Humanity is failing to reproduce itself in sufficient numbers to maintain our civilization.

In this regard, one number is crucial — 2.1. That’s the number of children the average woman must have in her lifetime just to maintain current population. This is known as a replacement-level birth rate.

In 30 years, worldwide, birth rates have fallen by more than 50 percent. In 1979, the average woman on this planet had 6 children. Today, the average is 2.9 children, and falling. According to the United Nations Population Division, by the middle of this century, worldwide fertility will be below replacement.13

The subject of lopsided demographics often comes up in discussions of how the Social Security system can survive when numbers of the elderly retired overwhelm those of the working young. But the dangers of population imbalance touch far more than that. The ever-shrinking numbers of babies undermines the fundamental expectation of economic growth, which undeniably bears on investing).14 Companies that advance technologies that interfere with natural life processes, risk the constriction of those very markets on which their own products and services depend. As Archbishop Charles Chaput of Denver has observed, “The future of a community, a people, a church, and a nation depends on the children who will inherit it. If we prevent our children from being born, we remove ourselves from the future. It’s really that simple. No children, no future.”15 & 16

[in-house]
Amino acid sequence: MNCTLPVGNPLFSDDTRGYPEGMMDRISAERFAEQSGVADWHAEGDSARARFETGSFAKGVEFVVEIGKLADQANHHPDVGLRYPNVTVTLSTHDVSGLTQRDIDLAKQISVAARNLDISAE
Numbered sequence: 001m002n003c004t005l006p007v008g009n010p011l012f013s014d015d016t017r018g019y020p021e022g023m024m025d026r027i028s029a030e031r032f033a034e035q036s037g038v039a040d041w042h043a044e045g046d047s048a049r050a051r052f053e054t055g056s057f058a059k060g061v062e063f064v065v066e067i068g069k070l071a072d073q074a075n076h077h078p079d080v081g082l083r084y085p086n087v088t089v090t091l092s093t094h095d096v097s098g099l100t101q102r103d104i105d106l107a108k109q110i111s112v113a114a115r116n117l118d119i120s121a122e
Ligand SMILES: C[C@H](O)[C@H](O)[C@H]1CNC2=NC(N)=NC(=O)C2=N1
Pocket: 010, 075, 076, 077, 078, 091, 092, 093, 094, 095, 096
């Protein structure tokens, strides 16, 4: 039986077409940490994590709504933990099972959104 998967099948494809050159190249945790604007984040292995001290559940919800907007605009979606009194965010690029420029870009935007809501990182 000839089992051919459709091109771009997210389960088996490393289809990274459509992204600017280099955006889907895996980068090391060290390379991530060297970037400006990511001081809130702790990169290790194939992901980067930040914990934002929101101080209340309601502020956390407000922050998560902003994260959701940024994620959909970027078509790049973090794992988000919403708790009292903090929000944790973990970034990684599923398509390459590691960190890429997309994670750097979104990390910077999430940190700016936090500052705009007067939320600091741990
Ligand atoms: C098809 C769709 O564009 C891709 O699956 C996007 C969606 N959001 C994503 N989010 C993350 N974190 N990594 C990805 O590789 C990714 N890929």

Argue with Church teaching if you like. Say the bishops are out of step with the current sexual ethos. They will readily agree that they are, and of course, that’s the point. But to be fully consistent with the Catholic moral vision, a conscientious investor would avoid companies that support fertility manipulation in ways similar to those involved with abortion.

The other great leg upon which Morally Responsible Investing stands is the sanctity of marriage. When you think about the sanctity of marriage, the first word that comes to mind is “divorce.” It would be hard to identify companies that have a direct financial interest in the break-up of marriages (other than, perhaps, the publisher of Divorce Magazine, which is a real periodical17). Of course, there are plenty of law firms that specialize in divorce, but law firms tend to be partnerships, rather than corporations, and so don’t have stock which outside investors can buy.